Recently, two really interesting articles have been published regarding the difficulty of growing and/or scaling a business.
The first, titled “Startups Can Be a Struggle,” summarizes the September 18, 2014 panel at Denver Start Up week led by Boulder Venture Capitalist Brad Feld, discussing the realities of managing and raising capital for emerging companies.
The panel emphasized that running an emerging or growth company (all in this case who were venture funded by Feld’s Foundry Group) is not by any means a cakewalk. Some issues the CEOs (all who are successfully growing) report include:
- Not being able to separate emotion from fact. “You’ll feel a lot of things about (your) company, which you should as the CEO, but feelings are not facts.”
- Not being able to effectively communicate the ups and downs causing employees to question what is going on in the company.
- Either not having the focus or ability to learn from empathetic colleagues or mentors. “I’ve never heard anything like I heard in this forum. I wish my 21-year old self, or my 25- to 29-year-old self could be in the audience, because I think that would’ve helped me a lot.”
- “It’s always ‘(e)verything is fantastic. We’re crushing it. And then you go home and curl up in a ball at night because you don’t know how you’re going to make payroll unless you got a term sheet in the next month … You’re going to have a near-death experience at some point in your journey, so don’t be afraid of it.’”
Similarly, in a September 24th blog posting, Peter Adams, the Managing Director of Rockies Venture Club and author of “Venture Capital for Dummies” posted “100 Start-Up Failures Post Mortems.” I would say that while reading about the death of 100 different emerging companies is both depressing and overwhelming, I observed that the failures have common themes:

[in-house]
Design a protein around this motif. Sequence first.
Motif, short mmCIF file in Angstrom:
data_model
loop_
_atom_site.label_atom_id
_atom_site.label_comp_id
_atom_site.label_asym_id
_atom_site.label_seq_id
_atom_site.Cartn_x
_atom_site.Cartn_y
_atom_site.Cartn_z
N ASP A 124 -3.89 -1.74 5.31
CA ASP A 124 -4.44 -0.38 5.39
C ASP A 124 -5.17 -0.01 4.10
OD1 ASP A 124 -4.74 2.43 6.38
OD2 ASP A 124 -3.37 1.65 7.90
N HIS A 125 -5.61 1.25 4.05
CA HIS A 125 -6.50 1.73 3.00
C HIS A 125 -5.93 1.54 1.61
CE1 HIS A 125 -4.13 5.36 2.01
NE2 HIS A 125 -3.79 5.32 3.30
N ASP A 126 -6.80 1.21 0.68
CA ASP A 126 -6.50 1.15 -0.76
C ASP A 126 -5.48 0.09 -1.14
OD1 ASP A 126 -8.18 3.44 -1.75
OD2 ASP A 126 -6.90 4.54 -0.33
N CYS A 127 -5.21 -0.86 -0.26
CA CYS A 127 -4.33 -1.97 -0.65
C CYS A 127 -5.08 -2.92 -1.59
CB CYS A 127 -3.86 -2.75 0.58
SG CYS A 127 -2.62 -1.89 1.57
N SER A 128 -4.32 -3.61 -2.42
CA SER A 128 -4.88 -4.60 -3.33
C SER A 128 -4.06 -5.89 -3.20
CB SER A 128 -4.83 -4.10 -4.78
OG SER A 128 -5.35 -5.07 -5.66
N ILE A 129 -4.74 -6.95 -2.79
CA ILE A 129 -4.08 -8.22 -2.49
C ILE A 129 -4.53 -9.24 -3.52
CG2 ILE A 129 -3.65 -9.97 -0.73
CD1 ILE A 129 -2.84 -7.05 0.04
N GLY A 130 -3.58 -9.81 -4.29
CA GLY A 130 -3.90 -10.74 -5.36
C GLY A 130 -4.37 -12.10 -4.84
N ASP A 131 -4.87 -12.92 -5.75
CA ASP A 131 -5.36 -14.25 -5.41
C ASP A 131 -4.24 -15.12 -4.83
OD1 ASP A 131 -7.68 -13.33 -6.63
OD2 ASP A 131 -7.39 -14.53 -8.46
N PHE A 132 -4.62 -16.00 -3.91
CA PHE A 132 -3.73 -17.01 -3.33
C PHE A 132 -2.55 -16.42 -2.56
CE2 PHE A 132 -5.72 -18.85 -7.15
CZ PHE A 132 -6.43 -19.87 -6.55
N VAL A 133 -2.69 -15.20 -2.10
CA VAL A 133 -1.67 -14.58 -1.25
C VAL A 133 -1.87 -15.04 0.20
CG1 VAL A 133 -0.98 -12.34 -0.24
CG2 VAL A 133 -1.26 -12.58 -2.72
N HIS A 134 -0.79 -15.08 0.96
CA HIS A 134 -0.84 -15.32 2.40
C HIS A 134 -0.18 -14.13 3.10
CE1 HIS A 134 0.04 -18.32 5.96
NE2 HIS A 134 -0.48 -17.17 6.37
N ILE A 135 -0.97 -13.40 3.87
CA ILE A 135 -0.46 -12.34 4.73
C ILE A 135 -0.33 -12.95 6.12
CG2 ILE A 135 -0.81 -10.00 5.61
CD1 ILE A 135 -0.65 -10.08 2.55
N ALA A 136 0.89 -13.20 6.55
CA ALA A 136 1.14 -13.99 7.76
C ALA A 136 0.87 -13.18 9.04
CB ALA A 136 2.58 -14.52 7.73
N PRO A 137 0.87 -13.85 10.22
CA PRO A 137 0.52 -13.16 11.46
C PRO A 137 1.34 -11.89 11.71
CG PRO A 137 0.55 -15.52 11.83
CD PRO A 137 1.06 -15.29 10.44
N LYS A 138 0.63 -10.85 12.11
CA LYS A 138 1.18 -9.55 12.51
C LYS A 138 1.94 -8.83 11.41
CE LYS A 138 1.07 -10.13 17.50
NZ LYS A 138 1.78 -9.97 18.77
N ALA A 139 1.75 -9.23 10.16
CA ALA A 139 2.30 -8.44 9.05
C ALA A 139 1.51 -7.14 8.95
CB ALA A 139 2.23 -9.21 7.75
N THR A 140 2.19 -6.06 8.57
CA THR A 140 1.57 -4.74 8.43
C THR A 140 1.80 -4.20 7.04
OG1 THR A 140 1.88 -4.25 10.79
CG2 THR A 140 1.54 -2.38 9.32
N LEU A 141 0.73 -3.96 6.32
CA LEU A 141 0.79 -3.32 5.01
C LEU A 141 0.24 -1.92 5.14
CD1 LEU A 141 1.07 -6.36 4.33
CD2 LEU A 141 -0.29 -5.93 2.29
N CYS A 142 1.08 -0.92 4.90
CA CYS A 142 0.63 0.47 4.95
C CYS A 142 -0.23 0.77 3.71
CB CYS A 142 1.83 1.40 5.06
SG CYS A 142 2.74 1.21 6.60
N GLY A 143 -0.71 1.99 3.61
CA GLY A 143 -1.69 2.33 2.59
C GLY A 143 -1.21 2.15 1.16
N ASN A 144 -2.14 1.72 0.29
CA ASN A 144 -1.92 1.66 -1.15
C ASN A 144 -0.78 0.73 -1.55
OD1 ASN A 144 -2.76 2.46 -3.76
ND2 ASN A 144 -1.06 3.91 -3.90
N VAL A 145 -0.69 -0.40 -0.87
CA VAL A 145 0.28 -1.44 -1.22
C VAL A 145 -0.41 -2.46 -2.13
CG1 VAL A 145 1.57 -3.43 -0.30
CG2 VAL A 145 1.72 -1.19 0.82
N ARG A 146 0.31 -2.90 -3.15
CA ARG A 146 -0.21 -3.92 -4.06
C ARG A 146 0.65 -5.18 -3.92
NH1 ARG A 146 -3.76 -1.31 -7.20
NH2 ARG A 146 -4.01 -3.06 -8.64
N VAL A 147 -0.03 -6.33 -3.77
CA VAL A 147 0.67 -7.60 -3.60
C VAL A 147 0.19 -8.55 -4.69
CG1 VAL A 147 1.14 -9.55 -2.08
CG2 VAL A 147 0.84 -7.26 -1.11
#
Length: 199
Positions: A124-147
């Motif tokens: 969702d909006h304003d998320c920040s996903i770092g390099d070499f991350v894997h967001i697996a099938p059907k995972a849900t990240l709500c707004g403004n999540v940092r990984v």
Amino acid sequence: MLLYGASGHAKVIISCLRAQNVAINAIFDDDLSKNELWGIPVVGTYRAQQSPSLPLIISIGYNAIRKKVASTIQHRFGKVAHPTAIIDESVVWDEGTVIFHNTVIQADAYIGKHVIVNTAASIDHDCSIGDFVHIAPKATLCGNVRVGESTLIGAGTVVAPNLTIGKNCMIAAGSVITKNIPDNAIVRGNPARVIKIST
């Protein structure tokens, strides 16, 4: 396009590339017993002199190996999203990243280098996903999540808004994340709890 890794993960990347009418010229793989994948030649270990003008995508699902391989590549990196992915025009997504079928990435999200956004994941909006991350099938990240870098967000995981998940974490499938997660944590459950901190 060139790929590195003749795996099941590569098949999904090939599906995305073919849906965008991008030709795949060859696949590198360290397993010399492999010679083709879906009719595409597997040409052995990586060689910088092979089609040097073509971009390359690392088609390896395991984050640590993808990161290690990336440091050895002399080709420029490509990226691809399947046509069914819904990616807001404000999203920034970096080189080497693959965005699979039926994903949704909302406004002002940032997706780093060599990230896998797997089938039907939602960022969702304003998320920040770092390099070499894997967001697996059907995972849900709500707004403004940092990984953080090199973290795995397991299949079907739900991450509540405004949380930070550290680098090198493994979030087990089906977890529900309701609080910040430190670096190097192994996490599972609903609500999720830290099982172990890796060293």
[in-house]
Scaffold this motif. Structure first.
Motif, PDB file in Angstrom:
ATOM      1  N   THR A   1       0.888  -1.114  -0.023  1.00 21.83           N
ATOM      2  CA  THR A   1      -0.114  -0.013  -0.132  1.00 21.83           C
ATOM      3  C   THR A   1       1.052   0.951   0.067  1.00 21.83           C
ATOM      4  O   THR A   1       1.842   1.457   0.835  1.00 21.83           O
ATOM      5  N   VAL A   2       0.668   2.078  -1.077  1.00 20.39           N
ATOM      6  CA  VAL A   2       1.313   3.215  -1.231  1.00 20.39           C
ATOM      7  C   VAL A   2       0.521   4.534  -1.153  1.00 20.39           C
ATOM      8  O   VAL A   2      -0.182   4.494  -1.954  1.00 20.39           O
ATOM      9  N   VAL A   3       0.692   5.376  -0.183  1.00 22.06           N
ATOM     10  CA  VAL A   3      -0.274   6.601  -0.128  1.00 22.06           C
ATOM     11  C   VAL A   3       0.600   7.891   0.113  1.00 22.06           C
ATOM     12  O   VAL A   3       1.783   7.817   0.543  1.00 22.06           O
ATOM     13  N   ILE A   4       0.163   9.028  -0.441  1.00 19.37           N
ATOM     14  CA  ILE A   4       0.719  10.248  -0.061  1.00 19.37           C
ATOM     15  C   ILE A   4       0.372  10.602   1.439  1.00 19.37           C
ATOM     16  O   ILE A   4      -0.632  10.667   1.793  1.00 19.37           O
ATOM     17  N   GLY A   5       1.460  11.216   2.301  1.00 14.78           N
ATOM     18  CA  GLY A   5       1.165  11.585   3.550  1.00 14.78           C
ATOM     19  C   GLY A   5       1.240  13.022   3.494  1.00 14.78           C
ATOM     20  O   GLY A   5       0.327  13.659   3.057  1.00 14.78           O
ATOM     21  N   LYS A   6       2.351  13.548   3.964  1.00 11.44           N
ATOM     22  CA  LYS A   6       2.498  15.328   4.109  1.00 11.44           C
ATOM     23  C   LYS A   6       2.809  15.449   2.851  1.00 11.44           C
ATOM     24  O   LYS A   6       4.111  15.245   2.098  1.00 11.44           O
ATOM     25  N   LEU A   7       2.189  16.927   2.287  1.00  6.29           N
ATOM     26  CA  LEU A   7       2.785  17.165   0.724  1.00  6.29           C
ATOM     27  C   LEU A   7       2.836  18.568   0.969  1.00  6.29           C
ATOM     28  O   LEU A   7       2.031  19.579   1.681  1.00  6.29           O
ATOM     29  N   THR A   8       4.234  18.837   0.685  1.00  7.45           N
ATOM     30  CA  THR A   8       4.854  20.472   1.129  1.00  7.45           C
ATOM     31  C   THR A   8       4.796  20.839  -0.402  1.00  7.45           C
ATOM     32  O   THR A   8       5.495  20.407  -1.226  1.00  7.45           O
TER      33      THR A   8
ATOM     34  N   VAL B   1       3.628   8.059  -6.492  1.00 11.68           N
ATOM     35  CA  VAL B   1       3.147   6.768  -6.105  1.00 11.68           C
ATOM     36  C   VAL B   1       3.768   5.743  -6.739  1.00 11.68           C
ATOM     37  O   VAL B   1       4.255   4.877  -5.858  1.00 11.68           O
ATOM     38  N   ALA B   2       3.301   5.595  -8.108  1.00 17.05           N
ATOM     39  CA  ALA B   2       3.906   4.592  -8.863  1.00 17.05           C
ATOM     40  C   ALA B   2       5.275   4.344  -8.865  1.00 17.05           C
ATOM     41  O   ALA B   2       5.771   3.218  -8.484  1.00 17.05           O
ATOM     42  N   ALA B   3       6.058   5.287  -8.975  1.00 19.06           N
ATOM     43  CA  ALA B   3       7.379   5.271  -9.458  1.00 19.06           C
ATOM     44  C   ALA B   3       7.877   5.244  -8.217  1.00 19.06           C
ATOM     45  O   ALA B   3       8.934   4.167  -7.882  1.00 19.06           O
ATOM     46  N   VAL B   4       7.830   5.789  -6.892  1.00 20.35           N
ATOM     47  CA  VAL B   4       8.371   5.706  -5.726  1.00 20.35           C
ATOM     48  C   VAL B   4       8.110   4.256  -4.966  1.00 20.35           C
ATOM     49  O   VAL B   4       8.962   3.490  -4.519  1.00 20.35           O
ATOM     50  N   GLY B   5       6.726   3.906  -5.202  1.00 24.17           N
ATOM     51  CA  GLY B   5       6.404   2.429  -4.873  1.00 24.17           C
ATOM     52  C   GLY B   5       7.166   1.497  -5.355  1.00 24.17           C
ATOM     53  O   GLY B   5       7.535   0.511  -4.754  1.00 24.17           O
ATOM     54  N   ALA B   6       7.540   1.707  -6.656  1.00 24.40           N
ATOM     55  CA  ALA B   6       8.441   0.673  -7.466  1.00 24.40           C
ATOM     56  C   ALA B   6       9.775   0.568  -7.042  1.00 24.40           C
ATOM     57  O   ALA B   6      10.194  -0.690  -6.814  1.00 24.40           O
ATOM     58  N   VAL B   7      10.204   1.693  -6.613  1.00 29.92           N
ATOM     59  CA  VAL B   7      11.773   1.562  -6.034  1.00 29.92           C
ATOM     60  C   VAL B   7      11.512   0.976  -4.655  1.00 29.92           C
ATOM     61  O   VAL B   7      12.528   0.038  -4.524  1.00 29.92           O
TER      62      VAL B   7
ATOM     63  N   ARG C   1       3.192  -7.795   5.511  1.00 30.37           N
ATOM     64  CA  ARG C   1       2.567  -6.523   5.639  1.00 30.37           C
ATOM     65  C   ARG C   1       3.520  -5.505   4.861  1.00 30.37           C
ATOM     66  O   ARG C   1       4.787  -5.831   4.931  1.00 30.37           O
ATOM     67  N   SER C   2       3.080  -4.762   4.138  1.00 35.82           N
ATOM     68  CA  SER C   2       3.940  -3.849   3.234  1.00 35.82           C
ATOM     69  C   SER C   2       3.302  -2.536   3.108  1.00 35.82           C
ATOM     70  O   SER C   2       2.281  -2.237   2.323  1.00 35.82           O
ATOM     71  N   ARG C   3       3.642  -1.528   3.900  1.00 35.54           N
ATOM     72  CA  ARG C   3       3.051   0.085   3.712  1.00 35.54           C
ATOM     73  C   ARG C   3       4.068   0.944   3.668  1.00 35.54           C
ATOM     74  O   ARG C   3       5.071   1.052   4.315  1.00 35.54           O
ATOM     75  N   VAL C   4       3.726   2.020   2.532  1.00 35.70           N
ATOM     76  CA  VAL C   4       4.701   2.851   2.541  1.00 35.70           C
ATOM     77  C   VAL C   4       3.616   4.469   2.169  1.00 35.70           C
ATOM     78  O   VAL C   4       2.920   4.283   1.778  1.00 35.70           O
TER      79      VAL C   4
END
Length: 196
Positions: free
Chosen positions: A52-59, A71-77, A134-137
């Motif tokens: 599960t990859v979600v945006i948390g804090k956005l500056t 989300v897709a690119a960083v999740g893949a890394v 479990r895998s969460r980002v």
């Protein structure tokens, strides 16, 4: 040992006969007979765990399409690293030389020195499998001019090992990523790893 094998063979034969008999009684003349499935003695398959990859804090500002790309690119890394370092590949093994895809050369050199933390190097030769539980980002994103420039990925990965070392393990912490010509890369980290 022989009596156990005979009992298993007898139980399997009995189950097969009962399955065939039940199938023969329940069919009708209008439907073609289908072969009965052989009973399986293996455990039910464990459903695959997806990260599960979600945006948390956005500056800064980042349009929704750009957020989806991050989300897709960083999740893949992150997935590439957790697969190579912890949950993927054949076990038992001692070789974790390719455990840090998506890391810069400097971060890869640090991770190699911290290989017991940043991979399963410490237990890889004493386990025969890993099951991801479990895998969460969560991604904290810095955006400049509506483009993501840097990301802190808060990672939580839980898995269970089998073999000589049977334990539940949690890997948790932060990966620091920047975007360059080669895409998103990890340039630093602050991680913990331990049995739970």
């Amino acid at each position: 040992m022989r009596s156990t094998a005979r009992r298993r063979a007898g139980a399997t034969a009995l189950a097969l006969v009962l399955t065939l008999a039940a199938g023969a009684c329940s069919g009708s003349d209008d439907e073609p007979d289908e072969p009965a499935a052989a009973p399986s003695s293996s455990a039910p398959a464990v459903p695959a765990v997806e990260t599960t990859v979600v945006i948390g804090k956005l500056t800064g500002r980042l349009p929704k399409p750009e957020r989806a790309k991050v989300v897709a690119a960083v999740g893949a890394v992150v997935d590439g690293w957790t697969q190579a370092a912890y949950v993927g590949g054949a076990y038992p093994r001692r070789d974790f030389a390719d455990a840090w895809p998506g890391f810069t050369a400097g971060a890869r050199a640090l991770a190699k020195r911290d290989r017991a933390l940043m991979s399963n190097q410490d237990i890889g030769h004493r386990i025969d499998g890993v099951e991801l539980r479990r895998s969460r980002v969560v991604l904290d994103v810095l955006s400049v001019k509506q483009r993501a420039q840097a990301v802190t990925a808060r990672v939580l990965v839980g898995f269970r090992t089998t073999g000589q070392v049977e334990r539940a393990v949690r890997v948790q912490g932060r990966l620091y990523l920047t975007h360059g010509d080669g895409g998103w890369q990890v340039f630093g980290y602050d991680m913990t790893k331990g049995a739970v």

- Lack of funding at all stages of growth to assure that cash flow does not become the issue of the day, every day.
- The technology was not timed right. In some cases, it launched in a declining economic market. In others, it was way ahead of its time.
- The company branding/marketing was not communicated to solve a true market need.
- The company leadership was focused on the current stage of growth so could not focus adequately on the future. Accordingly, the technology became stale or was leapfrogged.
- The company did not have the focus and/or funding to adequately protect the intellectual property.
- The company vision was not sufficiently or consistently communicated to the relevant stakeholders (clients, investors and/or employees).
- The company was never meant to survive in the first place as there was either too little/no market and/or market interest.
- The company was insufficiently capitalized to take on the industry’s 800-pound gorilla.
- To raise capital, the company needed rapidly accelerating growth. While the company was able to book a million dollars of revenue, it had little vision on how to scale that million to a billion.
In summary, it is better to learn from someone else’s failures than your own. While no one wants die by one million cuts, be a member of the walking dead, or have your business fail, there is much to learn and plan against.